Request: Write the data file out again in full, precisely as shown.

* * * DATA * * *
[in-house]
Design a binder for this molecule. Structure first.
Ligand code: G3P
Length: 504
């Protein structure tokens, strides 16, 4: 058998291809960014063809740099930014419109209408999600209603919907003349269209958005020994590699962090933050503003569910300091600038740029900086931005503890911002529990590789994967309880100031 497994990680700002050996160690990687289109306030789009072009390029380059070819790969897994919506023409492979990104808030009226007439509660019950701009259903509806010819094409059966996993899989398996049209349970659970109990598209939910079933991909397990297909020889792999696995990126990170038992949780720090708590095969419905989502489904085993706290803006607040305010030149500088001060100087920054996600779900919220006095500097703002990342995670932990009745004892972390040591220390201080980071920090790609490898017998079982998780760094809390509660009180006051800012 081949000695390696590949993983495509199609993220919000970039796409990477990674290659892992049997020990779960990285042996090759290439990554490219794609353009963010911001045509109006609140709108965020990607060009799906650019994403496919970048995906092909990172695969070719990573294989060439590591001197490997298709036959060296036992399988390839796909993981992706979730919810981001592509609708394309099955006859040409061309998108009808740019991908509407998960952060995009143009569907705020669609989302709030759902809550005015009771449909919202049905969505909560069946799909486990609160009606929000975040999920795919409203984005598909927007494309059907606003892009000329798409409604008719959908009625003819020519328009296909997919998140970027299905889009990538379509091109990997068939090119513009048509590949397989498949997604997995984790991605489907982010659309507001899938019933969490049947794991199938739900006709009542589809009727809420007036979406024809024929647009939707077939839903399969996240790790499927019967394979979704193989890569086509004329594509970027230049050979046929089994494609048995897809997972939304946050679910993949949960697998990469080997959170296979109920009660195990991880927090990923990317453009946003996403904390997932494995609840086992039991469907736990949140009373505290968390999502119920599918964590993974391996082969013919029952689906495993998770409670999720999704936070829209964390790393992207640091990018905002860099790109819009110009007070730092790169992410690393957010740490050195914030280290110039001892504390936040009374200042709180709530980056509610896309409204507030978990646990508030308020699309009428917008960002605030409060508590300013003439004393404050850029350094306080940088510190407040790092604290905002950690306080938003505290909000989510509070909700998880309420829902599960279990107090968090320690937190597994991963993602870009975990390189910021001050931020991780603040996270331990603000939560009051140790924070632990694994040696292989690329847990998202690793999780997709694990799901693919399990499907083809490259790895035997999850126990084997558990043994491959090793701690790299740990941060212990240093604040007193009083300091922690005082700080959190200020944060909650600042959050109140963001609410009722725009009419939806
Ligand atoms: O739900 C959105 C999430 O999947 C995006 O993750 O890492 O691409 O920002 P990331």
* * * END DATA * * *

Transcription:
[in-house]
Design a binder for this molecule. Structure first.
Ligand code: G3P
Length: 504
């Protein structure tokens, strides 16, 4: 058998291809960014063809740099930014419109209408999600209603919907003349269209958005020994590699962090933050503003569910300091600038740029900086931005503890911002529990590789994967309880100031 497994990680700002050996160690990687289109306030789009072009390029380059070819790969897994919506023409492979990104808030009226007439509660019950701009259903509806010819094409059966996993899989398996049209349970659970109990598209939910079933991909397990297909020889792999696995990126990170038992949780720090708590095969419905989502489904085993706290803006607040305010030149500088001060100087920054996600779900919220006095500097703002990342995670932990009745004892972390040591220390201080980071920090790609490898017998079982998780760094809390509660009180006051800012 081949000695390696590949993983495509199609993220919000970039796409990477990674290659892992049997020990779960990285042996090759290439990554490219794609353009963010911001045509109006609140709108965020990607060009799906650019994403496919970048995906092909990172695969070719990573294989060439590591001197490997298709036959060296036992399988390839796909993981992706979730919810981001592509609708394309099955006859040409061309998108009808740019991908509407998960952060995009143009569907705020669609989302709030759902809550005015009771449909919202049905969505909560069946799909486990609160009606929000975040999920795919409203984005598909927007494309059907606003892009000329798409409604008719959908009625003819020519328009296909997919998140970027299905889009990538379509091109990997068939090119513009048509590949397989498949997604997995984790991605489907982010659309507001899938019933969490049947794991199938739900006709009542589809009727809420007036979406024809024929647009939707077939839903399969996240790790499927019967394979979704193989890569086509004329594509970027230049050979046929089994494609048995897809997972939304946050679910993949949960697998990469080997959170296979109920009660195990991880927090990923990317453009946003996403904390997932494995609840086992039991469907736990949140009373505290968390999502119920599918964590993974391996082969013919029952689906495993998770409670999720999704936070829209964390790393992207640091990018905002860099790109819009110009007070730092790169992410690393957010740490050195914030280290110039001892504390936040009374200042709180709530980056509610896309409204507030978990646990508030308020699309009428917008960002605030409060508590300013003439004393404050850029350094306080940088510190407040790092604290905002950690306080938003505290909000989510509070909700998880309420829902599960279990107090968090320690937190597994991963993602870009975990390189910021001050931020991780603040996270331990603000939560009051140790924070632990694994040696292989690329847990998202690793999780997709694990799901693919399990499907083809490259790895035997999850126990084997558990043994491959090793701690790299740990941060212990240093604040007193009083300091922690005082700080959190200020944060909650600042959050109140963001609410009722725009009419939806
Ligand atoms: O739900 C959105 C999430 O999947 C995006 O993750 O890492 O691409 O920002 P990331």